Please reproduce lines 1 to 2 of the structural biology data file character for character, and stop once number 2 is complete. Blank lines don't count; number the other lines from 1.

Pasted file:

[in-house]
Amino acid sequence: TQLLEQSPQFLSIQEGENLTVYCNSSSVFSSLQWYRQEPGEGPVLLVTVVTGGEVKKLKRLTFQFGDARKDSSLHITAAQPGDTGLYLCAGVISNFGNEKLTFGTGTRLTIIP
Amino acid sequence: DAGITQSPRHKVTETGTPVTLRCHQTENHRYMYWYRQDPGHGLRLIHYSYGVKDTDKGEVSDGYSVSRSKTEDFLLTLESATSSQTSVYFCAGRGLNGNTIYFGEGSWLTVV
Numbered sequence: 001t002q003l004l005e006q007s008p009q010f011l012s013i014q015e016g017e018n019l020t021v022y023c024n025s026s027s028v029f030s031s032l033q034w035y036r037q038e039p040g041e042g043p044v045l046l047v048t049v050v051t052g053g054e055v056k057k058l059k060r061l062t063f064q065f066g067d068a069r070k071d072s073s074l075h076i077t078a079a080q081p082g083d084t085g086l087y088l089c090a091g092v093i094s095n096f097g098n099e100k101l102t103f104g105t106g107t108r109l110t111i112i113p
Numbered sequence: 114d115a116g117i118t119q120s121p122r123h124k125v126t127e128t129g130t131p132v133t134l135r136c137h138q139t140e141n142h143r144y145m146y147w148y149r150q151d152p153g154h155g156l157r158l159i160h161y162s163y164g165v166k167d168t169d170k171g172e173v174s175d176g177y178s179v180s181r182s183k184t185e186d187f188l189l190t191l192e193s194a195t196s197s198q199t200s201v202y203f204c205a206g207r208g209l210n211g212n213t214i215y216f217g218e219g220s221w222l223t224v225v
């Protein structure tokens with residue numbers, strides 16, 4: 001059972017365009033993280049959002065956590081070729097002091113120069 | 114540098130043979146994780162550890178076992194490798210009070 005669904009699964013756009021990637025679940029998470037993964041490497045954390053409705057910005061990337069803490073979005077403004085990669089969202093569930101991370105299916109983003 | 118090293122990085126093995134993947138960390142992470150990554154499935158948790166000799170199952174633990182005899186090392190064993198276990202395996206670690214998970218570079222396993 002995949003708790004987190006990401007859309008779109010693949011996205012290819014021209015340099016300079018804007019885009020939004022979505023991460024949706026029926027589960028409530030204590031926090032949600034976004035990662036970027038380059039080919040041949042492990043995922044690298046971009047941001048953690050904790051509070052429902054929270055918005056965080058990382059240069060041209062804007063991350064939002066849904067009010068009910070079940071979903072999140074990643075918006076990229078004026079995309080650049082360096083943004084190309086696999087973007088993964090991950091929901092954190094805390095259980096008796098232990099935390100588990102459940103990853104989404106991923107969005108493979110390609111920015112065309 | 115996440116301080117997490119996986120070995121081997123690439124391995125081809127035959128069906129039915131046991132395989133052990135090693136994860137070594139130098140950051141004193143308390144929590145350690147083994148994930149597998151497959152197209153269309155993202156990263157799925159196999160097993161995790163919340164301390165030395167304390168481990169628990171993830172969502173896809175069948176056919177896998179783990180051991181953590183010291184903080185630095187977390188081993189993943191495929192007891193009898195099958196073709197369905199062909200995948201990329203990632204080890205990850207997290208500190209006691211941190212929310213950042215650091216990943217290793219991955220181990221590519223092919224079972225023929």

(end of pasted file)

[in-house]
Amino acid sequence: TQLLEQSPQFLSIQEGENLTVYCNSSSVFSSLQWYRQEPGEGPVLLVTVVTGGEVKKLKRLTFQFGDARKDSSLHITAAQPGDTGLYLCAGVISNFGNEKLTFGTGTRLTIIP